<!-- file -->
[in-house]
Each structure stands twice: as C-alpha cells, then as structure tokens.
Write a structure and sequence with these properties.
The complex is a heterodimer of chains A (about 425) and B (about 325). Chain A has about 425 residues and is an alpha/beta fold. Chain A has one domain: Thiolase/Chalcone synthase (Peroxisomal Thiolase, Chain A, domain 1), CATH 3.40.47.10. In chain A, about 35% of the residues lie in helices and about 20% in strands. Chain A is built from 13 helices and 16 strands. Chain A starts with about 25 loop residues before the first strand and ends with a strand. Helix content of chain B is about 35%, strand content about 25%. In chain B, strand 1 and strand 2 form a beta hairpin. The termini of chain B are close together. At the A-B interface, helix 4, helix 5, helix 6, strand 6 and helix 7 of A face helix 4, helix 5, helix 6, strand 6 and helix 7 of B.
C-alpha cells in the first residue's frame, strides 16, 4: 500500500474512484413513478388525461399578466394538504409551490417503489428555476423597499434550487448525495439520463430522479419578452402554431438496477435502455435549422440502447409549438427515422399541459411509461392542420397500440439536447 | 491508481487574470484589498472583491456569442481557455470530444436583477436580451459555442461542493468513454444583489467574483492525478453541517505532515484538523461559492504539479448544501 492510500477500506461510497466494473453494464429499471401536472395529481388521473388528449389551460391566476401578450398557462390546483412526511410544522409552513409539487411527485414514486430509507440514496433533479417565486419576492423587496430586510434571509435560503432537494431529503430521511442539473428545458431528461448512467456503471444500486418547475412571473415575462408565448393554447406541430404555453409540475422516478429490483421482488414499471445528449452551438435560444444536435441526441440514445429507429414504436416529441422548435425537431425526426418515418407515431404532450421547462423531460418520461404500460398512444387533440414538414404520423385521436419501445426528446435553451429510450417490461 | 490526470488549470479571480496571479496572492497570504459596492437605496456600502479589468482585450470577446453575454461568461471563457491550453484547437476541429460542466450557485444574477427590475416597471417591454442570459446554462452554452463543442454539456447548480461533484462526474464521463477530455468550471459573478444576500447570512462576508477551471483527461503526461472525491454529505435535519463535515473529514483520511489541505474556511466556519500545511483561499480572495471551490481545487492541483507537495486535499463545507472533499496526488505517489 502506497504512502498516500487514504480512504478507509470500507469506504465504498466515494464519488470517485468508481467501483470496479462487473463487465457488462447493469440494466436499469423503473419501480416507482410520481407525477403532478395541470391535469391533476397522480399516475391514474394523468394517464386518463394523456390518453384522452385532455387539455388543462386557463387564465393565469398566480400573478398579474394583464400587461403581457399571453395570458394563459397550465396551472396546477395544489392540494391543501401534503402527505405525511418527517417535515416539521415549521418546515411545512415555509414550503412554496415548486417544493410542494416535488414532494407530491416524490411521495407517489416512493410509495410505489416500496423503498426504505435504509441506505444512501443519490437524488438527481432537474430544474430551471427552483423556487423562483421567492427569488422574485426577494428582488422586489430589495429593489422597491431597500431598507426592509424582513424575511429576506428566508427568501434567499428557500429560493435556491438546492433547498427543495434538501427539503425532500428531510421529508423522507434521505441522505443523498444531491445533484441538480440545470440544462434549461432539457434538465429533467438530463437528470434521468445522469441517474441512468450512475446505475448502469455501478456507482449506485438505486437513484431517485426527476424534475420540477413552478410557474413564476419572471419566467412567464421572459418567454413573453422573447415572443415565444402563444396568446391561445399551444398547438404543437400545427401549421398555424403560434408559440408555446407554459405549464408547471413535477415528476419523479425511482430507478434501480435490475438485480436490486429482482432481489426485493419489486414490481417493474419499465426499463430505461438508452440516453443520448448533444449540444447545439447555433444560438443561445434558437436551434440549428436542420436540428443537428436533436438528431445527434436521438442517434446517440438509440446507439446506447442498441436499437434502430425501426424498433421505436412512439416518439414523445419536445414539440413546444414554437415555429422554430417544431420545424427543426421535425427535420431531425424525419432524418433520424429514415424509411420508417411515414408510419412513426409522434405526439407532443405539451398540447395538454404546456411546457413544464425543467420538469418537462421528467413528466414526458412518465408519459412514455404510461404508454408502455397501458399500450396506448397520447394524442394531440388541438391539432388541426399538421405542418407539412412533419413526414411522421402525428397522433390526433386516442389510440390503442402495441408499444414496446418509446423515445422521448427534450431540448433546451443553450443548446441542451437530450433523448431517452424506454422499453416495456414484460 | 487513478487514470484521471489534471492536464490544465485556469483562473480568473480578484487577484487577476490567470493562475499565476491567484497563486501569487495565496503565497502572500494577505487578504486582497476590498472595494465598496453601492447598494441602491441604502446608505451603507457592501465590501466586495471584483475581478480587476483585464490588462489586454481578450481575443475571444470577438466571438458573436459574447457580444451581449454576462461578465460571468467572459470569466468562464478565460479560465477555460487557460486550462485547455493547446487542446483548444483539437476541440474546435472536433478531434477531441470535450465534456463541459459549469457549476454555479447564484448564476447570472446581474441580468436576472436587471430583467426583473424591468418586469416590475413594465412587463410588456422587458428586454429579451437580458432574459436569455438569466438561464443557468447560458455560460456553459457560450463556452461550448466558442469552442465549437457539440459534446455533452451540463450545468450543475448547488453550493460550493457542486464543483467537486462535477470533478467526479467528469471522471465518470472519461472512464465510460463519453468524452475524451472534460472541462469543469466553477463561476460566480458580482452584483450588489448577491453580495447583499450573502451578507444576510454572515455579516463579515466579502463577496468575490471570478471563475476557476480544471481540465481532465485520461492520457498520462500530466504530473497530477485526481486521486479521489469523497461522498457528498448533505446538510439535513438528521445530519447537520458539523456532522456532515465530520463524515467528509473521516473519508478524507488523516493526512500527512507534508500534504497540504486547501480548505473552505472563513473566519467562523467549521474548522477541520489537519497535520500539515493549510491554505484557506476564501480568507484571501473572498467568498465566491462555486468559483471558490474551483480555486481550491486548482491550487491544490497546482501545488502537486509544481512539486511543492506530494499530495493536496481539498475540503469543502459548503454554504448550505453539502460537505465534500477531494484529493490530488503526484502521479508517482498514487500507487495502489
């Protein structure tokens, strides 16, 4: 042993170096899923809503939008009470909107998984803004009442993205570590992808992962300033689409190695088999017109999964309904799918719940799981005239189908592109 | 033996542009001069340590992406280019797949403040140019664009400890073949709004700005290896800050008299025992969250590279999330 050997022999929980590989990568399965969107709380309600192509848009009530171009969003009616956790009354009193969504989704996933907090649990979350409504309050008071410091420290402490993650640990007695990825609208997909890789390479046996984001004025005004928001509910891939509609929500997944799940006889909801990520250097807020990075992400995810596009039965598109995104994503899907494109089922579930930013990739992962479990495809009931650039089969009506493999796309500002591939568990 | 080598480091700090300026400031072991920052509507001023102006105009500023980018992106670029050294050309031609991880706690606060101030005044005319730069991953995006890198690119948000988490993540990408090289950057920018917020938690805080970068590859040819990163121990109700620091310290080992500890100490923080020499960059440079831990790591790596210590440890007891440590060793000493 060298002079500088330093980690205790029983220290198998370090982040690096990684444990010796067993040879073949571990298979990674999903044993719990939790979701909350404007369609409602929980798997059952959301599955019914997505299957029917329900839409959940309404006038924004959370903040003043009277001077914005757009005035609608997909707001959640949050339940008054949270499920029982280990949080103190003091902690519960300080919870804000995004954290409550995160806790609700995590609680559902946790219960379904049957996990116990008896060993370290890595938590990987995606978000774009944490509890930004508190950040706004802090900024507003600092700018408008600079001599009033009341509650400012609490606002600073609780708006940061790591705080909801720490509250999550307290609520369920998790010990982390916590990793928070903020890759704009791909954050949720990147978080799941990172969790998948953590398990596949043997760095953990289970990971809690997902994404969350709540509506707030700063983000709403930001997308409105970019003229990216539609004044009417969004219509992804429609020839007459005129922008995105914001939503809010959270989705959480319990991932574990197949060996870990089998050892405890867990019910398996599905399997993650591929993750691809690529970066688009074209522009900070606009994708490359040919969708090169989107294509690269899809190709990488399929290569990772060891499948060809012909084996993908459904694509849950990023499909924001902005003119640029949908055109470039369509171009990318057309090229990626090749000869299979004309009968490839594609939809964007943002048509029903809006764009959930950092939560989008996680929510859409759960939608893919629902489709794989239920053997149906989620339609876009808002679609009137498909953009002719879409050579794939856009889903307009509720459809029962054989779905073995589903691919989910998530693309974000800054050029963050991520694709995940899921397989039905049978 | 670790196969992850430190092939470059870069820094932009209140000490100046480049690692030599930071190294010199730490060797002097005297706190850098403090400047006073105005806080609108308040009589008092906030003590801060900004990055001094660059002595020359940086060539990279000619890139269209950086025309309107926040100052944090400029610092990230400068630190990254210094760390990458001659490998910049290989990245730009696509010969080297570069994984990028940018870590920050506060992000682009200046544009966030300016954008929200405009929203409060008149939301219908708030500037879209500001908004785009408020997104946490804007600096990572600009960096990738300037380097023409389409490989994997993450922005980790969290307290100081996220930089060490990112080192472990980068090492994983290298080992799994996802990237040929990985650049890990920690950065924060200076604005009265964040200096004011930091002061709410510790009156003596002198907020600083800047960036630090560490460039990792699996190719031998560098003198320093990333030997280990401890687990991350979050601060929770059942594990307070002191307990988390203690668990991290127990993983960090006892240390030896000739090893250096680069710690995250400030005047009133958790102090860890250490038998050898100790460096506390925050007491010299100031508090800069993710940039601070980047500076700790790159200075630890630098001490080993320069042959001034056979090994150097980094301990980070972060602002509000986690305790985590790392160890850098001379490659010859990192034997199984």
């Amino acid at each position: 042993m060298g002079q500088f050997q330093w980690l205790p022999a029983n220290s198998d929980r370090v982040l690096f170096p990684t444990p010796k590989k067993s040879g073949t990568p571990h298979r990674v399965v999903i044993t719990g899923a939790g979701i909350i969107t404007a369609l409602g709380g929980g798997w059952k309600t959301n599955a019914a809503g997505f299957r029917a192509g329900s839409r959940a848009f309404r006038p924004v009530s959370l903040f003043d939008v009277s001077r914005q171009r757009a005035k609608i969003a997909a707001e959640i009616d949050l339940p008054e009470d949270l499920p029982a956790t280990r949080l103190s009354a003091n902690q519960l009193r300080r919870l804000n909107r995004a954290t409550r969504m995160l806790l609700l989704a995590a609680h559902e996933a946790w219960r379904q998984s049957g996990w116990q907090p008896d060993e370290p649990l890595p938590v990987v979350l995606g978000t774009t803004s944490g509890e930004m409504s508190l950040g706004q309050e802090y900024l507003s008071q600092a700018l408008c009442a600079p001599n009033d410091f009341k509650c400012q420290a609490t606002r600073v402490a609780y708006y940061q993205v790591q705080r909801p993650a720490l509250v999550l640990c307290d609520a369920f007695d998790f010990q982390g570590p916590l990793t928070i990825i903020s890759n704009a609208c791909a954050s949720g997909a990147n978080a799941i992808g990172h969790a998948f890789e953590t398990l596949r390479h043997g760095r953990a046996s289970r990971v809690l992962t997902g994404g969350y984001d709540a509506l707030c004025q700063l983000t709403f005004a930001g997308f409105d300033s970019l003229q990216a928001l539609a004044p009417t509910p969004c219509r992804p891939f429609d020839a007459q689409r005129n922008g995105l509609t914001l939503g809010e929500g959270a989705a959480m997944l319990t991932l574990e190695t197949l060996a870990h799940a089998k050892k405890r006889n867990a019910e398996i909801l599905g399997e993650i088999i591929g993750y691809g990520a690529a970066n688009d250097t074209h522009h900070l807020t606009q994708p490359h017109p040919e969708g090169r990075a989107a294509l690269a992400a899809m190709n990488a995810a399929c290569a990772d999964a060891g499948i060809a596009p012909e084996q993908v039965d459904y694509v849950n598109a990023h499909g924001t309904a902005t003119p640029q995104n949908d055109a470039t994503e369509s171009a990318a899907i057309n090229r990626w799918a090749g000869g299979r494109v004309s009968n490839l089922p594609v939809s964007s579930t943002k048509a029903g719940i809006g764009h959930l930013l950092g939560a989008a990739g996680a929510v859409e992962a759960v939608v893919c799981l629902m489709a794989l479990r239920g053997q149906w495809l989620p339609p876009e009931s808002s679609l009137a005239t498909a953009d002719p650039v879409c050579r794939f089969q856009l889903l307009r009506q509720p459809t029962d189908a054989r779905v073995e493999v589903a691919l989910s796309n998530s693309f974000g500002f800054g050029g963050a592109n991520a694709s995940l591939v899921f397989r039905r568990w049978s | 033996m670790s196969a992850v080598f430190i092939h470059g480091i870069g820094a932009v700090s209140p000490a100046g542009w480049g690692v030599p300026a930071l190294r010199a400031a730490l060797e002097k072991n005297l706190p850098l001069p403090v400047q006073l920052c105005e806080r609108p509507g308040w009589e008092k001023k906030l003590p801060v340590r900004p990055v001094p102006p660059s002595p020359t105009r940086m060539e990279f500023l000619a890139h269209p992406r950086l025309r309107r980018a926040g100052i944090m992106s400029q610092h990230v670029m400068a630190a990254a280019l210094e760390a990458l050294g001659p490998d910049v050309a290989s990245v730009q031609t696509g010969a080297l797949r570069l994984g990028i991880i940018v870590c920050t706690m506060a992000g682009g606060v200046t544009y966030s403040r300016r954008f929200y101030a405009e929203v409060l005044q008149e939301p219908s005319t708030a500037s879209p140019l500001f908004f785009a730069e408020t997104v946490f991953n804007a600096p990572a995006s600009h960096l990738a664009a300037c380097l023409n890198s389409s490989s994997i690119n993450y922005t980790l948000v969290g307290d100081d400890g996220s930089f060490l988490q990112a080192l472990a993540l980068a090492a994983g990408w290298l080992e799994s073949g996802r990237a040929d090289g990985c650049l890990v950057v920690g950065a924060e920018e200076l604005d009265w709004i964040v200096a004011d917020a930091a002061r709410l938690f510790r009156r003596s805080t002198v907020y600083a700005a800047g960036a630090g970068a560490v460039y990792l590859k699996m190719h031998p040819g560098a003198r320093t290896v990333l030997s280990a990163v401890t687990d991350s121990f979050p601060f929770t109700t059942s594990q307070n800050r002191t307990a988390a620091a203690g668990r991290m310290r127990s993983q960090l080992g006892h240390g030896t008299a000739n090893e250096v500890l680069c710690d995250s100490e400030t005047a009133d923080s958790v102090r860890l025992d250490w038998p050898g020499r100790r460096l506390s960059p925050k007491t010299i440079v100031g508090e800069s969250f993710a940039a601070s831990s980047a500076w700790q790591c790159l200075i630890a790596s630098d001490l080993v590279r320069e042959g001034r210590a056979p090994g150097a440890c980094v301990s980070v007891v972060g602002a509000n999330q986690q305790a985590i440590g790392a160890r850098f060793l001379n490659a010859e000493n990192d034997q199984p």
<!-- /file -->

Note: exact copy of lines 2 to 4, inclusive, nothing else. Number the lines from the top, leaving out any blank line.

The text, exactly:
Each structure stands twice: as C-alpha cells, then as structure tokens.
Write a structure and sequence with these properties.
The complex is a heterodimer of chains A (about 425) and B (about 325). Chain A has about 425 residues and is an alpha/beta fold. Chain A has one domain: Thiolase/Chalcone synthase (Peroxisomal Thiolase, Chain A, domain 1), CATH 3.40.47.10. In chain A, about 35% of the residues lie in helices and about 20% in strands. Chain A is built from 13 helices and 16 strands. Chain A starts with about 25 loop residues before the first strand and ends with a strand. Helix content of chain B is about 35%, strand content about 25%. In chain B, strand 1 and strand 2 form a beta hairpin. The termini of chain B are close together. At the A-B interface, helix 4, helix 5, helix 6, strand 6 and helix 7 of A face helix 4, helix 5, helix 6, strand 6 and helix 7 of B.